By Jonathan Bernstein
A big takeaway from Wednesday night's debate should have been how far removed the Republican candidates are from the national mainstream in several policy areas. But between the horse-race analysis and the choices by the moderators, it was easy to miss what some of the debaters were saying.
I don't want to pick on the CNBC crew too much: We can't expect them to do too much on the fly. Nevertheless, they pressed the candidates hard on personal "gotcha" subjects, while leaving some astonishing claims on real issues to go completely unchallenged.
For example, Carl Quintanilla asked Marco Rubio three follow-up questions about missing votes in the Senate, but no one pressed Ted Cruz about what his support for a gold standard means exactly.
So I've put together a few questions that should not have been difficult for a well-prepared candidate to answer. Of course, in real life, skilled politicians know how to evade tough queries, and attacking the moderators is a popular pose. I'm not saying everything would have been different if these questions had been included, only that the moderators didn't let viewers know that some statements the Republicans made needed more explanation.
Ben Carson, on his tax plan: "You also have to get rid of all the deductions and all the loopholes."
Follow-up: You would eliminate charitable deductions? Mortgage-interest deduction? Child tax credits?
Carly Fiorina, on how long the tax code should be: "That's right, three pages."
Follow-up: Three pages isn't really enough just for tax rates, but suppose we grant you that. So you would eliminate charitable deductions? The mortgage-interest deduction? Child tax credits?
Fiorina: "Government causes a problem, and then government steps in to solve the problem ... Big and powerful use big and powerful government to their advantage. It's why you see Walgreens buying Rite Aid. It's why you see the pharmaceuticals getting together. It's (what) you see (with) the health insurance companies getting together. It's why you see the banks consolidating."
Follow-up: Is your position that mergers and other corporate consolidations are a problem created by government? If government had no involvement in the economy, do you believe we would have nothing but small business? If you think consolidation is bad, should antitrust law be tougher — or is antitrust law the root of the problem?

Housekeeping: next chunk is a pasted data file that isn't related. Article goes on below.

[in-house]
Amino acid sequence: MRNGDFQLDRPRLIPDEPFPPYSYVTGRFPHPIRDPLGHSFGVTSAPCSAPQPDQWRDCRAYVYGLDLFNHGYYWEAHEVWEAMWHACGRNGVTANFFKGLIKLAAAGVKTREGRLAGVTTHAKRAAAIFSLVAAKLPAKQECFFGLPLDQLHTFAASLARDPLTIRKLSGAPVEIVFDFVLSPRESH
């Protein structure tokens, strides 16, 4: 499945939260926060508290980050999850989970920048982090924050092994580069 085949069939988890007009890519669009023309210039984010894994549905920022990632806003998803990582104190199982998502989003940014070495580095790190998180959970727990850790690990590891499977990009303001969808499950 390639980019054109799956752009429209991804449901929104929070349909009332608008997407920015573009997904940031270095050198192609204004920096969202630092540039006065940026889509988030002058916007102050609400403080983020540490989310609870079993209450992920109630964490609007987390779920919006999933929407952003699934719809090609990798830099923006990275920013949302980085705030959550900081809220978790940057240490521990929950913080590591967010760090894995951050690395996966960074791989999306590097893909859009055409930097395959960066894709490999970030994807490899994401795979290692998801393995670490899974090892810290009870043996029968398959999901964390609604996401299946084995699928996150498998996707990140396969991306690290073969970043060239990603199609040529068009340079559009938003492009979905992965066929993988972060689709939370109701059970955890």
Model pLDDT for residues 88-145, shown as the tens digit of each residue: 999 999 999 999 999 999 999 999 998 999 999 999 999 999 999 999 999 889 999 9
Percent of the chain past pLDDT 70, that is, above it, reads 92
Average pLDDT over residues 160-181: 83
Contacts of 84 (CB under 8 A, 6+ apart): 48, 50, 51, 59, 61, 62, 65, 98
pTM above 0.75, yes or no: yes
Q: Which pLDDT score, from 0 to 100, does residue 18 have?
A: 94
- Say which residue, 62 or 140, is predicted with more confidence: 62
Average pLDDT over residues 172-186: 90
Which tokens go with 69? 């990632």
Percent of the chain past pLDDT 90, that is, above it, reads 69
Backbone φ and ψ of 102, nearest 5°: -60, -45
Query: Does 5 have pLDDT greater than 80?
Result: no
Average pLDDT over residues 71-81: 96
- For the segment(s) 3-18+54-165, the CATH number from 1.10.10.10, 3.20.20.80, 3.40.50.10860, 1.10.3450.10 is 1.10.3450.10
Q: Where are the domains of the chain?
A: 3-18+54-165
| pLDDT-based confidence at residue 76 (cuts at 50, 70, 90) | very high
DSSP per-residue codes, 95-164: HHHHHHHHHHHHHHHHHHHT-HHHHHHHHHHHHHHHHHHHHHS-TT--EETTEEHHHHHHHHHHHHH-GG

Ted Cruz: "If you look at a single mom buying groceries, she sees hamburger prices have gone up nearly 40 percent. She sees her cost of electricity going up. She sees her health insurance going up. And loose money is one of the major problems. We need sound money. And I think the Fed should get out of the business of trying to juice our economy and simply be focused on sound money and monetary stability, ideally tied to gold."
Follow-up: So you believe that because of the Fed's mandate to fight both unemployment and inflation, the economy has been too strong and inflation too high?
Fiorina: "I think it's wonderful that businesses start a 401(k). The point I'm making is this, the federal government should not be in a lot of things. There is no constitutional role for the federal government in setting up — retirement plans."
Follow-up: Do you believe that 401(k) plans, which you would eliminate in your three-page tax code anyway, are unconstitutional? Is Social Security unconstitutional?
Fiorina: "There is no constitutional role for the federal government to be setting minimum wages ... "
Follow-up: The minimum wage is unconstitutional?
Bush, responding to a question about student loans: "We don't need the federal government to be involved in this at all."
Follow-up: So the federal government should end all student aid — loans, grants, all of it?
Christie: "Carl, are we really talking about getting government involved in fantasy football? We have — wait a second, we have $19 trillion in debt. We have people out of work. We have ISIS and al-Qaida attacking us. And we're talking about fantasy football? Can we stop? How about this? How about we get the government to do what they're supposed to be doing, secure our borders, protect our people, and support American values and American families. Enough on fantasy football. Let people play, who cares?"
Follow-up: Governor, should the federal government repeal all laws and regulations concerning gambling, or is fantasy football a special case?
Christie, on climate change: Well, there is no evidence that they can fix anything in Washington, D.C.
Follow-up: Do you believe the Clean Air Act and the Clean Water Act were flops? Why?
Reach Jonathan Bernstein at firstname.lastname@example.org.